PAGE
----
We’re done with half the academic year and you’ve probably started to think about what you’re going to do this upcoming summer. Many of you have probably taken advantage of two of the largest summer internship programs sponsored by Princeton: Princeton Internships in Civic Service (PICS) and International Internship Program (IIP). Some of you may be lucky enough to have gotten a positive response. However, some of you, like me as a first year, were probably told that your application “unfortunately did not work out this year.”
But have no fear! While I was rejected from both PICS and IIP as a first year, I still managed to participate in two great internships (one eight weeks and the other four weeks) that led to a spectacular summer — in this post, I’d like to share how. (For another great post about Princeton summer opportunities, look at this post by fellow correspondent Raya!)
I have been madly in love with the Center for Career Development for quite some time now, but after asking a few people about their thoughts, I realized that not everyone shares the same sentiment. Some people have had negative experiences, and others have simply never utilized the service. I, on the other hand, have been to the Center for Career Development countless times, and I was lucky enough to be paired with the greatest adviser of all time. Ever since then, I’ve only ever gone to this one adviser. She always makes me feel proud of what I have accomplished so far, and excited for what is to come. Hopefully this post will show you exactly why you should take advantage of this incredible resource!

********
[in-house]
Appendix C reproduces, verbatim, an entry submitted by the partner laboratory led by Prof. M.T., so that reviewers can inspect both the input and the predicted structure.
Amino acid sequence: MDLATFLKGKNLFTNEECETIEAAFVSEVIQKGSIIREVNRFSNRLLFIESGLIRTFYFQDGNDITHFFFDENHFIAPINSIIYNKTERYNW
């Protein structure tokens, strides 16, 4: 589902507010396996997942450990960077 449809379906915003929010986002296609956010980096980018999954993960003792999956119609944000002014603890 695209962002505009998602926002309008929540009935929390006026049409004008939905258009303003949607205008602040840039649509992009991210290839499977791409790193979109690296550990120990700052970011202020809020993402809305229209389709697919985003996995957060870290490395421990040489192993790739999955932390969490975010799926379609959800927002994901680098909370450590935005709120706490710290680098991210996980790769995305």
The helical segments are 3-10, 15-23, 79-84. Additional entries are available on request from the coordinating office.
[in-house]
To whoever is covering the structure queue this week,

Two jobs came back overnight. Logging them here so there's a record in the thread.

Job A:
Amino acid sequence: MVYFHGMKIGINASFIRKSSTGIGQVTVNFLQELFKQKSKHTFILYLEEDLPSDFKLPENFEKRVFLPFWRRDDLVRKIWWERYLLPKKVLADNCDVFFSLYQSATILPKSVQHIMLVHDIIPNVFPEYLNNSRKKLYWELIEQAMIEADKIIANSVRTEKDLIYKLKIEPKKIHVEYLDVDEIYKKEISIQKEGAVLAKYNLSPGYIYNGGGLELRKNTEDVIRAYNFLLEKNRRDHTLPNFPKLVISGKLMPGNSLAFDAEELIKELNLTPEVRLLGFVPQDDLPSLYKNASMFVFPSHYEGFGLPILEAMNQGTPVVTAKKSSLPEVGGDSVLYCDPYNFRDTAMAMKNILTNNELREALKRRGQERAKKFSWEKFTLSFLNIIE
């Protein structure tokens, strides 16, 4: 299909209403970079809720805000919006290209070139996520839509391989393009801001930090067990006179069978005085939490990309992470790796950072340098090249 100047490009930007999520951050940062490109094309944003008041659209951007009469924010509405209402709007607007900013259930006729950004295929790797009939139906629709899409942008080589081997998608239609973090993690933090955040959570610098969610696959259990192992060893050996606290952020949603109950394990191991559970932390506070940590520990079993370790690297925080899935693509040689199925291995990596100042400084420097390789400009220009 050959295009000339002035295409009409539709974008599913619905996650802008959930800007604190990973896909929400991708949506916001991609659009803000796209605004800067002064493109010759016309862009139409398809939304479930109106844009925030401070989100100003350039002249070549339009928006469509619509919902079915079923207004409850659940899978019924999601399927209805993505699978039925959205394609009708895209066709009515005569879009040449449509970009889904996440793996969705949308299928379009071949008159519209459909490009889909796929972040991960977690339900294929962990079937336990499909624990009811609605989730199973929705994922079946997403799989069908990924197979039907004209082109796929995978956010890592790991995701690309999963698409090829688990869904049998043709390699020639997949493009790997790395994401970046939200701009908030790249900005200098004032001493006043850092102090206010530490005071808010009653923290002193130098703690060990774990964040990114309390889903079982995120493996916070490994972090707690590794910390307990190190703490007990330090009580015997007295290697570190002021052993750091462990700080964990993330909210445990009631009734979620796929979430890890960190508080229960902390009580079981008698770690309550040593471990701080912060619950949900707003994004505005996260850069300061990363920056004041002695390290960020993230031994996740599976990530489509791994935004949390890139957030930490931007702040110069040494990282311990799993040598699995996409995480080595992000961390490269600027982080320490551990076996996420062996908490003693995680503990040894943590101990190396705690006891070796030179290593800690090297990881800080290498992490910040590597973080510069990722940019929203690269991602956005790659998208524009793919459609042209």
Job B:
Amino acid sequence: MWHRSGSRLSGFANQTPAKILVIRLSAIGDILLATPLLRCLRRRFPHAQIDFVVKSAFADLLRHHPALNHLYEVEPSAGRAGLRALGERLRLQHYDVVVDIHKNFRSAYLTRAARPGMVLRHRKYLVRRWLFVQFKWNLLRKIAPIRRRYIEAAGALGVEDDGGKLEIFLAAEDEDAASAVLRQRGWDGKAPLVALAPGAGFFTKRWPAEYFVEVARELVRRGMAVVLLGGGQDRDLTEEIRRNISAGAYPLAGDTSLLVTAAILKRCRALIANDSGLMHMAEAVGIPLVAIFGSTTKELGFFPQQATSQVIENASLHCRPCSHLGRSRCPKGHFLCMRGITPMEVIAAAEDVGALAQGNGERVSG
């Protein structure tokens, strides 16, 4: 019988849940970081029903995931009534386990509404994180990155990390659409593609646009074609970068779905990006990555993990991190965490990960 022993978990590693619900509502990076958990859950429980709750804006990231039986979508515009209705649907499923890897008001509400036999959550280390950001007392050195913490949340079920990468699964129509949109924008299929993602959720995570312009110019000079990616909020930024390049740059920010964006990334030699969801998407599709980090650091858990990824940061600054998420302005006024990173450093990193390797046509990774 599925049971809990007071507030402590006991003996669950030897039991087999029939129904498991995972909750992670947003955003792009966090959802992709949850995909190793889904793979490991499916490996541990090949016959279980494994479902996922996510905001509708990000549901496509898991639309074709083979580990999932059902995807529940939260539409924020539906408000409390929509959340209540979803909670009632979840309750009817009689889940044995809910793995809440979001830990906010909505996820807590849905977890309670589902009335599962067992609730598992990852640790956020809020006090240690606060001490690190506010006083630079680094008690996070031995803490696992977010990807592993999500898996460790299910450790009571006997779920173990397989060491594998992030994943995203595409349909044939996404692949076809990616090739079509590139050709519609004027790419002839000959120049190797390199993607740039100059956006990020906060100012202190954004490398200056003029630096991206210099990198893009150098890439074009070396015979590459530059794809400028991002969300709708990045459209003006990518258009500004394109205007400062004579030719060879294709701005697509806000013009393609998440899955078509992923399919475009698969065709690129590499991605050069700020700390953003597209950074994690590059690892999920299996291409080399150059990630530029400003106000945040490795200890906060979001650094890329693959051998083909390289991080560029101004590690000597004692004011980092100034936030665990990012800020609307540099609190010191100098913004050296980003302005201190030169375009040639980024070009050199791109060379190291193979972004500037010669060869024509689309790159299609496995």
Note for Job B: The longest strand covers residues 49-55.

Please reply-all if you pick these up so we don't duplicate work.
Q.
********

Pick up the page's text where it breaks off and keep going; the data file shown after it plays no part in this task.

A few weeks ago, I participated in an event hosted by Princeton’s Peer Career Advisers called an “Insider’s Look at Internships.” I was there as an ambassador for OURSIP—the Office of Undergraduate Research’s Student Initiated Internships Program. OURSIP makes it possible for Princeton students to pursue unpaid research opportunities over the summer, such as my own, by providing funding to cover anticipated expenses.
The unique thing about OURSIP is that it asks students to take it upon themselves to secure their own internship before asking Princeton for help with funding. As opposed to other Princeton programs, like PICS or IIP, which also assist students in the internship search process as part of the program. As students came up to speak to me about OURSIP at the event, I found that their first question was always, “So what is OURSIP?” and after hearing my description their second, more hesitant question was always, “But how did you find your internship?”